In what began as the resignation of General Services Administration (GSA) administrator Martha Johnson ahead of an investigation into the misappropriation of $822,000 in taxpayer dollars for a lavish retreat in Las Vegas, has evolved into a full blown scandal extending to top executives at the agency tasked with preventing government corruption. At the center of it all is Jeffrey Neely, a senior executive at the organization who appears to have misused funds for a family vacation, under the auspices they were “scouting” trips, where he racked up over $40,000 in expenditures. With the economy still recovering and taxes high, the American taxpayer is, suffice it to say, up in arms over the imbroglio.

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Crimson Hexagon analyzed the over 7,500 opinions on Twitter to discover that, despite the negative circumstances surrounding the situation, much of the blame wasn’t aimed directly at the GSA itself, but rather big government as a whole, in some instances specifically targeting President Obama.

  • At 13%, many felt that the failings at the agency were the responsibility of President Obama and reflected a failure in leadership; additionally many bemoaned the Whitehouse’s pivoting to blame the issue on the Bush administration.
  • 12% of the conversation that encompassed “general negative” include social media conversation expressing incredulousness or disbelief at the situation as a whole.
  • 11% saw this as another example of wasteful government spending, with some recalling Solyndra and others mentioning the First Family’s numerous vacations.
  • The remaining 8% feel this reinforces the notion that government spending should be cut and taxes lowered.

Yet amidst the outcry, 22% of the conversation, while not supportive of the administrators’ actions, is supportive of steps that could be taken related to retribution.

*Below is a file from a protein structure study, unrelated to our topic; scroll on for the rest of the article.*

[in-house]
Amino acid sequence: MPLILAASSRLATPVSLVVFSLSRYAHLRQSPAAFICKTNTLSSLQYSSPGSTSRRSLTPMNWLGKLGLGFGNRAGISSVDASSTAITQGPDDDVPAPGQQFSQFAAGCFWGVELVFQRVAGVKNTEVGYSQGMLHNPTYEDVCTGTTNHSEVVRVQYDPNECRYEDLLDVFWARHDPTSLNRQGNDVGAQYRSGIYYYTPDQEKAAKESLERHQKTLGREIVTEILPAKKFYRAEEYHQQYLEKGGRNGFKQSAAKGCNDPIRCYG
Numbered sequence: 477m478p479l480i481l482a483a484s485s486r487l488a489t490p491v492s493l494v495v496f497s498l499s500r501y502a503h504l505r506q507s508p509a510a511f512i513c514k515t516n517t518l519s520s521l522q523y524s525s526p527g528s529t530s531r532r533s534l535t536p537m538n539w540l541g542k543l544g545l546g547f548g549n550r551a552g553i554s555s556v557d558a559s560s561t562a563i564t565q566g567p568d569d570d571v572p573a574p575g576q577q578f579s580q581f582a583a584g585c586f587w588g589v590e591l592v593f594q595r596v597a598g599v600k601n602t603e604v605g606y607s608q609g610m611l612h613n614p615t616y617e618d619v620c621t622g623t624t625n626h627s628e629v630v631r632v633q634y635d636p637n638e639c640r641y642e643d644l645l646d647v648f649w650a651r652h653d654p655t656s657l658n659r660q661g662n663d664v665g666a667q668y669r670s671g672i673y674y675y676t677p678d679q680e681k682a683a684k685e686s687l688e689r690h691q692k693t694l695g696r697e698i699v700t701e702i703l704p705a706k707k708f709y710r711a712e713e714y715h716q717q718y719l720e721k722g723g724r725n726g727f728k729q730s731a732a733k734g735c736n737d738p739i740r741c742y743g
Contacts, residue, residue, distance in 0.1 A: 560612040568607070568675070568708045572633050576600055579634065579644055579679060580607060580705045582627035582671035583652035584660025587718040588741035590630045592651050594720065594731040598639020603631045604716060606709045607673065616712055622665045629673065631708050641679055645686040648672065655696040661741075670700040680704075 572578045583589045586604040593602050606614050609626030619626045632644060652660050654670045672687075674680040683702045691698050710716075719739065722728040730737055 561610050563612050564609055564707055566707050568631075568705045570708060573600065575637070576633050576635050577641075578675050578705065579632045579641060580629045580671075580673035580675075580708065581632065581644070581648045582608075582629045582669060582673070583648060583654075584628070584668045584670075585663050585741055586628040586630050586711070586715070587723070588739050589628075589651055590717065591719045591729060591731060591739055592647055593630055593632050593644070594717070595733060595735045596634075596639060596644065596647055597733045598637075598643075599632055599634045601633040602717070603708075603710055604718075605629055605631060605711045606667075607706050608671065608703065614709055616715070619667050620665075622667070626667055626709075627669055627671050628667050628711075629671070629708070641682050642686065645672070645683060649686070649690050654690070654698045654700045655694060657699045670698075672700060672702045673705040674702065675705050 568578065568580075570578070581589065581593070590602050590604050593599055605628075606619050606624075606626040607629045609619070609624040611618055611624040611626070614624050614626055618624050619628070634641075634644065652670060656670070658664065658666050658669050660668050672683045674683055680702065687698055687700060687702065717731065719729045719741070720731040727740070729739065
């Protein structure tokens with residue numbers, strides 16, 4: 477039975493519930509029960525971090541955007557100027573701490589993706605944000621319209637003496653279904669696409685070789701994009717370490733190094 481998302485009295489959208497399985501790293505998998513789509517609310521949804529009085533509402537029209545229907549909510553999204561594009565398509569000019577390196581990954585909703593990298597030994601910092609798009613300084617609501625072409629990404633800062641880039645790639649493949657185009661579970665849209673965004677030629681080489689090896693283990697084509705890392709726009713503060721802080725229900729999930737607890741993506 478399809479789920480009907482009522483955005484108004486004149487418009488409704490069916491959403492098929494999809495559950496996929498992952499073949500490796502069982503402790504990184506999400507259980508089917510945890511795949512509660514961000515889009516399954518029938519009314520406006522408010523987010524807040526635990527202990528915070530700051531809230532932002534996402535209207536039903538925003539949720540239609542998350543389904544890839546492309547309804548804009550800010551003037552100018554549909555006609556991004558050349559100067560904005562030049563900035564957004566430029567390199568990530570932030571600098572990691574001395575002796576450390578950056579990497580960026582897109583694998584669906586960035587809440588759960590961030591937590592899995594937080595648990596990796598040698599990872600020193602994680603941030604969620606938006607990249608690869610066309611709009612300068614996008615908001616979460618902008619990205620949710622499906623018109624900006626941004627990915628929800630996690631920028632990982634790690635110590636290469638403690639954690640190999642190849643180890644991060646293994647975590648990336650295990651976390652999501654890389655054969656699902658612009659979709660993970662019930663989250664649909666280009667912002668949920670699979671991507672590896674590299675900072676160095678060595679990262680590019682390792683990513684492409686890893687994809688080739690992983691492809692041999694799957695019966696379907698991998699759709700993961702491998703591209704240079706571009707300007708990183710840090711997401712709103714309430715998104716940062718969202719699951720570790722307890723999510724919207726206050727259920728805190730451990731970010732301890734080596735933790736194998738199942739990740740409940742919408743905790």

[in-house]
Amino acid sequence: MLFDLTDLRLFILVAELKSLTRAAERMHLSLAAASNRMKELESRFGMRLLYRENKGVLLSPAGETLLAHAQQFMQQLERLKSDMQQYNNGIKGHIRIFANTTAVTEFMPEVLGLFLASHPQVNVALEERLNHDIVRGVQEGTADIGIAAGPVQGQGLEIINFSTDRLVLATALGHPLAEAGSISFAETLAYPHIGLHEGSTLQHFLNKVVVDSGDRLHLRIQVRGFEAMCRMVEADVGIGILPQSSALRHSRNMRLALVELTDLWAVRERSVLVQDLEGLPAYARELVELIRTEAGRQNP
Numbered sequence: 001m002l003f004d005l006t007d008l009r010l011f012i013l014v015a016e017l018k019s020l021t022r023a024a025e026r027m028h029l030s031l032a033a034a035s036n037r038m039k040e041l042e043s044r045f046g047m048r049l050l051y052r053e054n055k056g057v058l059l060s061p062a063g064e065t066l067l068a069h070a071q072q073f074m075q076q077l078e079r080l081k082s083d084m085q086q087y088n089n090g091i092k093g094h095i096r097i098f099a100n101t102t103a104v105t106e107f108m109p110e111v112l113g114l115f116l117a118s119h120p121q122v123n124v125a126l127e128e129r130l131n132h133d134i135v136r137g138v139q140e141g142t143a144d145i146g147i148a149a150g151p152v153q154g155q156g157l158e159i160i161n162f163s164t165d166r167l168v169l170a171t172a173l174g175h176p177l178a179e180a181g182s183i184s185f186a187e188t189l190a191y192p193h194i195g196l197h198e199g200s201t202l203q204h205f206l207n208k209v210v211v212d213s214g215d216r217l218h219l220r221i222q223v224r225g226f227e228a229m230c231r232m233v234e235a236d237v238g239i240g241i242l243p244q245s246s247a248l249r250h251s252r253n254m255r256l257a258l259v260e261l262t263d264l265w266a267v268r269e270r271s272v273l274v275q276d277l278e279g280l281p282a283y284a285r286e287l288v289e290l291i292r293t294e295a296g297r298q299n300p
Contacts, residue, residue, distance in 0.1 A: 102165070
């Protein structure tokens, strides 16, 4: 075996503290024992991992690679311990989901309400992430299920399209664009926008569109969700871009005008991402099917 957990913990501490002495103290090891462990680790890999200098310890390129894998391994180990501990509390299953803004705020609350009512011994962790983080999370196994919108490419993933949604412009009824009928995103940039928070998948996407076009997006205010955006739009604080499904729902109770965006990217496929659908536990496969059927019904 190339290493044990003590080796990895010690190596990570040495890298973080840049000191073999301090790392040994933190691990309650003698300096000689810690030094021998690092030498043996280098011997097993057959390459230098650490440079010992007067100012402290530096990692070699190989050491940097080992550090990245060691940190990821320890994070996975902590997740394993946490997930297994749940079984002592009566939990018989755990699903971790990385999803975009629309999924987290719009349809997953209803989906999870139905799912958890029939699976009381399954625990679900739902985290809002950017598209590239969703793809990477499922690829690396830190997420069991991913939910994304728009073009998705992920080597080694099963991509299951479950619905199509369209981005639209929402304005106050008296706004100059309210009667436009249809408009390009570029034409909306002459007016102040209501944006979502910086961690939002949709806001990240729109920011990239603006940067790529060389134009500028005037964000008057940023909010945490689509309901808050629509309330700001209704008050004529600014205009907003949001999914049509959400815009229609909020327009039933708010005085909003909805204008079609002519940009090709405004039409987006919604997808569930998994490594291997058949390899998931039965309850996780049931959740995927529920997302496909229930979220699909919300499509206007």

• 8% of tweets claimed they wanted some retribution to come out of the incident, not reimbursement for their tax dollars, simply restitution.
  • Another 8% feel that “ousting the executives” and cleaning up the powers that be will fix the problem.
  • And 6%, interestingly enough, came to the defense of other government workers, assuming the stance that “the actions of the few, do not reflect the many.”

The middle of the road conversations, measuring 33%, focused on spreading news surrounding the General Services Administration Scandal, which accounts for 23% of that conversation, while neutral conversation accounts for 10%.

What are your thoughts? Are you as outraged as the rest of the Twitterverse and think the agency should be shuttered or do think a few bad apples shouldn’t spoil the bunch? Tweet us @crimsonhexagon and let us know your thoughts.

As always, we’ll continue analyzing the space for interesting trends. In the meantime, feel free to contact us at [email protected] with questions or to learn how your market, brand or product could benefit from leveraging the Crimson Hexagon ForSight™ platform for social media monitoring and analysis. Want to see the Crimson Hexagon platform in action? Request a Live Online Demo.

Sean Finn also contributed to this post